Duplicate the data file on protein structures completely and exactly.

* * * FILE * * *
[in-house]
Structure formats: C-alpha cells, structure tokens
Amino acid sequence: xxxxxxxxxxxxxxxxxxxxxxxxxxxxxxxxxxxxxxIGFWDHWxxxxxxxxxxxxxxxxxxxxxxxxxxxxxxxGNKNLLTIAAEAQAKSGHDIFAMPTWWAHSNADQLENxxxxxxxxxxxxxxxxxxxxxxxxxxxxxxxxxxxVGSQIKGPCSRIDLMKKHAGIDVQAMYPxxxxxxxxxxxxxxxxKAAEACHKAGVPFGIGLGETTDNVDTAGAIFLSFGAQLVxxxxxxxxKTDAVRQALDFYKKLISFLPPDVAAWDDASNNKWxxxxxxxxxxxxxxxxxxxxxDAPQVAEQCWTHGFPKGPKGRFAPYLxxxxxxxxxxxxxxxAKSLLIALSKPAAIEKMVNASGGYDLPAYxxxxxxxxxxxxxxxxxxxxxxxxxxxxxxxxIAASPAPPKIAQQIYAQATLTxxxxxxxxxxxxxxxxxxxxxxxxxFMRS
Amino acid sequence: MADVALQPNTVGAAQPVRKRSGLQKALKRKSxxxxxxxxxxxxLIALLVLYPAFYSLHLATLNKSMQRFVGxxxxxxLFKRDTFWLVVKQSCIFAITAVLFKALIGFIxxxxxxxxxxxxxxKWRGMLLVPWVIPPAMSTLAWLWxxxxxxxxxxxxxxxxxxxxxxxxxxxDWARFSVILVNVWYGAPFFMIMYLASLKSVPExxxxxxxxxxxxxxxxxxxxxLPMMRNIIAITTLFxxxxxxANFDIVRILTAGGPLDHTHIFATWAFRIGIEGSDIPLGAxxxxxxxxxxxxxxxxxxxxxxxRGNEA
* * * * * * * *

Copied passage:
[in-house]
Structure formats: C-alpha cells, structure tokens
Amino acid sequence: xxxxxxxxxxxxxxxxxxxxxxxxxxxxxxxxxxxxxxIGFWDHWxxxxxxxxxxxxxxxxxxxxxxxxxxxxxxxGNKNLLTIAAEAQAKSGHDIFAMPTWWAHSNADQLENxxxxxxxxxxxxxxxxxxxxxxxxxxxxxxxxxxxVGSQIKGPCSRIDLMKKHAGIDVQAMYPxxxxxxxxxxxxxxxxKAAEACHKAGVPFGIGLGETTDNVDTAGAIFLSFGAQLVxxxxxxxxKTDAVRQALDFYKKLISFLPPDVAAWDDASNNKWxxxxxxxxxxxxxxxxxxxxxDAPQVAEQCWTHGFPKGPKGRFAPYLxxxxxxxxxxxxxxxAKSLLIALSKPAAIEKMVNASGGYDLPAYxxxxxxxxxxxxxxxxxxxxxxxxxxxxxxxxIAASPAPPKIAQQIYAQATLTxxxxxxxxxxxxxxxxxxxxxxxxxFMRS
Amino acid sequence: MADVALQPNTVGAAQPVRKRSGLQKALKRKSxxxxxxxxxxxxLIALLVLYPAFYSLHLATLNKSMQRFVGxxxxxxLFKRDTFWLVVKQSCIFAITAVLFKALIGFIxxxxxxxxxxxxxxKWRGMLLVPWVIPPAMSTLAWLWxxxxxxxxxxxxxxxxxxxxxxxxxxxDWARFSVILVNVWYGAPFFMIMYLASLKSVPExxxxxxxxxxxxxxxxxxxxxLPMMRNIIAITTLFxxxxxxANFDIVRILTAGGPLDHTHIFATWAFRIGIEGSDIPLGAxxxxxxxxxxxxxxxxxxxxxxxRGNEA